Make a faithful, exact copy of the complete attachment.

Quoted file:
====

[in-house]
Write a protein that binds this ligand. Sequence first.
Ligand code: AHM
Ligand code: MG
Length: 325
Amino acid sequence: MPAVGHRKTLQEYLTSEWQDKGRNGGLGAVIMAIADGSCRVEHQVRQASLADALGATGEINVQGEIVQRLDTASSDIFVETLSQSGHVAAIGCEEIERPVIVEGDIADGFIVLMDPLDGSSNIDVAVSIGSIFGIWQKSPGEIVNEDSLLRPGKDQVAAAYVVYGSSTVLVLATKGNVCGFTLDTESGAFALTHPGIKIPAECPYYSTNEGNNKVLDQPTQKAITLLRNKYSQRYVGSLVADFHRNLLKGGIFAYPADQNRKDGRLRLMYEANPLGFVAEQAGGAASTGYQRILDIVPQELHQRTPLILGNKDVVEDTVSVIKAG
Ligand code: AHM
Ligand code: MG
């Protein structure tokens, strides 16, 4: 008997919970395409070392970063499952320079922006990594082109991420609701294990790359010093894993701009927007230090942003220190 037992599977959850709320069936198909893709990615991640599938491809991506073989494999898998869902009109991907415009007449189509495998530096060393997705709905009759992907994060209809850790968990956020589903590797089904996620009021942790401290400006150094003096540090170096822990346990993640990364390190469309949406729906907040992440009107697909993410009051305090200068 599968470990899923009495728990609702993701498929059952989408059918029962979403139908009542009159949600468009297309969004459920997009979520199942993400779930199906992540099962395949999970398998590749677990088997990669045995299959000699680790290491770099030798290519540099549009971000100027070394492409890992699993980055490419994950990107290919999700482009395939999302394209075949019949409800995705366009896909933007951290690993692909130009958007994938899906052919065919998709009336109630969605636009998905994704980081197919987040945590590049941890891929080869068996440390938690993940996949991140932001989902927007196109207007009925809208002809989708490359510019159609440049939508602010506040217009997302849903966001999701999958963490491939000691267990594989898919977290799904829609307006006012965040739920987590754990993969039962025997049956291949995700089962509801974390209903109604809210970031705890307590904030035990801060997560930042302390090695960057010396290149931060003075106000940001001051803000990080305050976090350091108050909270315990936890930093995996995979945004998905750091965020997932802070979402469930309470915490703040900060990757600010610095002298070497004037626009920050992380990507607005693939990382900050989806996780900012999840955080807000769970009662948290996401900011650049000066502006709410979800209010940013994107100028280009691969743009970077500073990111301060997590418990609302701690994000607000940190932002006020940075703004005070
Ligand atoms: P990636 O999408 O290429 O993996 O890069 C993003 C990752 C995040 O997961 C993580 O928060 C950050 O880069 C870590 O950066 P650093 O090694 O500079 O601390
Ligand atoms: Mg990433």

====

[in-house]
Write a protein that binds this ligand. Sequence first.
Ligand code: AHM
Ligand code: MG
Length: 325
Amino acid sequence: MPAVGHRKTLQEYLTSEWQDKGRNGGLGAVIMAIADGSCRVEHQVRQASLADALGATGEINVQGEIVQRLDTASSDIFVETLSQSGHVAAIGCEEIERPVIVEGDIADGFIVLMDPLDGSSNIDVAVSIGSIFGIWQKSPGEIVNEDSLLRPGKDQVAAAYVVYGSSTVLVLATKGNVCGFTLDTESGAFALTHPGIKIPAECPYYSTNEGNNKVLDQPTQKAITLLRNKYSQRYVGSLVADFHRNLLKGGIFAYPADQNRKDGRLRLMYEANPLGFVAEQAGGAASTGYQRILDIVPQELHQRTPLILGNKDVVEDTVSVIKAG
Ligand code: AHM
Ligand code: MG
């Protein structure tokens, strides 16, 4: 008997919970395409070392970063499952320079922006990594082109991420609701294990790359010093894993701009927007230090942003220190 037992599977959850709320069936198909893709990615991640599938491809991506073989494999898998869902009109991907415009007449189509495998530096060393997705709905009759992907994060209809850790968990956020589903590797089904996620009021942790401290400006150094003096540090170096822990346990993640990364390190469309949406729906907040992440009107697909993410009051305090200068 599968470990899923009495728990609702993701498929059952989408059918029962979403139908009542009159949600468009297309969004459920997009979520199942993400779930199906992540099962395949999970398998590749677990088997990669045995299959000699680790290491770099030798290519540099549009971000100027070394492409890992699993980055490419994950990107290919999700482009395939999302394209075949019949409800995705366009896909933007951290690993692909130009958007994938899906052919065919998709009336109630969605636009998905994704980081197919987040945590590049941890891929080869068996440390938690993940996949991140932001989902927007196109207007009925809208002809989708490359510019159609440049939508602010506040217009997302849903966001999701999958963490491939000691267990594989898919977290799904829609307006006012965040739920987590754990993969039962025997049956291949995700089962509801974390209903109604809210970031705890307590904030035990801060997560930042302390090695960057010396290149931060003075106000940001001051803000990080305050976090350091108050909270315990936890930093995996995979945004998905750091965020997932802070979402469930309470915490703040900060990757600010610095002298070497004037626009920050992380990507607005693939990382900050989806996780900012999840955080807000769970009662948290996401900011650049000066502006709410979800209010940013994107100028280009691969743009970077500073990111301060997590418990609302701690994000607000940190932002006020940075703004005070
Ligand atoms: P990636 O999408 O290429 O993996 O890069 C993003 C990752 C995040 O997961 C993580 O928060 C950050 O880069 C870590 O950066 P650093 O090694 O500079 O601390
Ligand atoms: Mg990433």